14 Feb

It’s that time of year again! RRSP Loan Strategy for down payment on Home


Posted by: Deborah Fehr


original post Feb 10/2011

RRSP Loan Strategy for Down Payment on Home

RRSP Loan Strategy for Down Payment on Home

Lachman Balani

Both are working drawing average pay scales of say $47,000 each, which puts them in the 31.15% tax bracket in Ontario. Melrose has RRSPs worth $5,000 and David has RRSPs worth $4,000 for a total of $9,000, but between the two they still have contribution room worth $45,000.

They wish to buy a home worth $400,000 with a 5% down payment, or $20,000, and the bank or mortgage agent has already given them the pre-approval, whereby they will have to pay about $1,860 for a 25 year amortization on $380,000($400,000- $20,000). As noted, they have $9,000 in RRSPs from past years but do not have the requisite amount of $11,000 to put into an RRSP now so that they can withdraw it 90 days later to use as down payment.

Enter the RRSP loan available from several lenders. What they can do is take an RRSP loan for $11,000 and choose to pay it over a period of ten years. The monthly payment for this is approximately $120 or $60 per person based on a loan rate of prime +2.75% or 5.75% currently. This is a very affordable monthly payment for a person making $47,000 per year. By paying such a low sum for the RRSP loan, they will also have ample money to cover their mortgage.

Lachman Balani

At this stage of the game, where the couple is looking to buy a home using the RRSP as down payment within the next few months, it is best to invest the $11,000 they have obtained through a loan into money market funds or a 90 day GIC so as to preserve the capital. 

Once the obligatory period of 90 days is over (say by sometime in April or May if they take the loan now in January or February), the couple can withdraw this $11,000 (even if the loan has not been paid off) from their RRSP and add it to the $9,000 they already have for a total of $20,000 down payment on their home. 

All this money is available to both David and Melrose tax and interest free in accordance with the government’s first time HBP.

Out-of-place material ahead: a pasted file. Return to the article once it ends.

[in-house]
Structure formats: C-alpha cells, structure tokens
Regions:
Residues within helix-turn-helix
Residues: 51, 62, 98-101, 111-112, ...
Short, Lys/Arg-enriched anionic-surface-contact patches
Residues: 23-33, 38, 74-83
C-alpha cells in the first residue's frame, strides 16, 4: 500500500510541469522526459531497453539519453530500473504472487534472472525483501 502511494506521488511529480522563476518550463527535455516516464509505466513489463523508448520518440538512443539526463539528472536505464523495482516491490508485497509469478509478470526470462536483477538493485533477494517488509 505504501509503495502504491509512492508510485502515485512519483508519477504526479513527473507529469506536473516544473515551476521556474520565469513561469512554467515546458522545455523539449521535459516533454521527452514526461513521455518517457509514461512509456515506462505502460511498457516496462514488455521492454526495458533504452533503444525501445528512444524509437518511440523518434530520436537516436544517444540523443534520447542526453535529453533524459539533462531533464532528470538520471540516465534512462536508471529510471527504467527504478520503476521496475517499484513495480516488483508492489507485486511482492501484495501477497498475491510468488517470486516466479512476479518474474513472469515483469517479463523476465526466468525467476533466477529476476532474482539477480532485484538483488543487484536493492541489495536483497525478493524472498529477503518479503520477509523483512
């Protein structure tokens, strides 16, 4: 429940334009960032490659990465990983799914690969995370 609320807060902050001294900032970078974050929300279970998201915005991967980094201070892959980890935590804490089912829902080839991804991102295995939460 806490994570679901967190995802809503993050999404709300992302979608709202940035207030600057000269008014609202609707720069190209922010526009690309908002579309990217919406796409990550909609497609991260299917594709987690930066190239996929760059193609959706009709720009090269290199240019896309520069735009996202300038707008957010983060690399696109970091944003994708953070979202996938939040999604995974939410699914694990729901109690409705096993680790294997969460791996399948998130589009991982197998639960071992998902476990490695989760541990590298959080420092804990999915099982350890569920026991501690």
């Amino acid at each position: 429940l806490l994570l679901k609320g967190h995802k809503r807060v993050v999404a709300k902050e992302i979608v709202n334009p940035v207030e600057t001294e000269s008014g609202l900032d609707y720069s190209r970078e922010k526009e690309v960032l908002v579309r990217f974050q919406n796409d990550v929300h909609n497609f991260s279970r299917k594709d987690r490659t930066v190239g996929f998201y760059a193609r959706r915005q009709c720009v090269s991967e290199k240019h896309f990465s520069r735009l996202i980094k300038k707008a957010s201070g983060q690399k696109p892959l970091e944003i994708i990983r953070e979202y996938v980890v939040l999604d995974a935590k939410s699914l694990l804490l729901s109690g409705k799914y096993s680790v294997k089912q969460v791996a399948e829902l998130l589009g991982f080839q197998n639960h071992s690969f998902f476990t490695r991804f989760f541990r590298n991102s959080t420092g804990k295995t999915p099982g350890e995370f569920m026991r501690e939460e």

It is important to stress here that after the RRSP funds of $11,000 are withdrawn, the couple is obligated to continue paying at least the minimum of $120 per month to pay off the RRSP loan. They can of course choose to pay it off sooner as well with no penalty.

Another extremely important added benefit to this strategy is that David and Melrose can deduct this $11,000 from their income and get 31.15% back in tax returns when they file their taxes in April. This is a total of $3,426.50 dollars which they will get back from the government in May that can be used towards the closing costs of their home, when they move in June or July (or later, as the case may be).

This is an extremely lucrative strategy, which not only helps David and Melrose to get the extra money needed for their down payment, but also generates a tax refund that they can use towards their closing costs or to buy furniture or whatever else they may choose to do with it.

Please note that the above is an overview of the strategy. 

To customize this strategy to suit one’s personal situation, please contact a financial advisor and/or mortgage agent

29 Jan

Buying and selling in the winter: should you wait?


Posted by: Deborah Fehr


Sandra Rinomato

Sandra RinomatoCanada AM real estate expert


Published Wednesday, January 14, 2015 7:55AM EST 

In the real estate market, how does winter compare to other seasons?

Winter is still a very viable time of year for real estate, in general. Sales happen every day, regardless of holidays, weekends, seasons. Typically, home sellers tend to shy away from winter because they are afraid they won’t find buyers, but over 18,000 buyers purchased in my trading area from Jan to March in 2014. So, there are some serious buyers out there, some would say they are very serious to be house shopping in the bitter cold.  As a matter of fact, inventory levels are low at this time of year, so there is less competition on the market. Couple that with serious buyers and you have an excellent selling scenario.  

Don’t forget, people need to move for many reasons: babies, deaths, job changes (good and bad, money related, location related) so every day is a good day to list your home for sale. And when it comes to condos, in my experience, they don’t follow any seasonal pattern. They are less susceptible to that.
What to consider before buying or selling a property in winter…

With less competition on the market, sellers may actually find themselves getting prices that they were not able to get in the fall. Sometimes this time of year the market is very brisk and the competition is sleeping, so get on it! Carpe diem!

If you are listing your home…

Keep in mind that the exterior is still very important to prospective buyers so you need to make the house and yard accessible, well lit, safe, and try to add a little touch of warmth through urns and seasonal greenery or ornamental arrangements.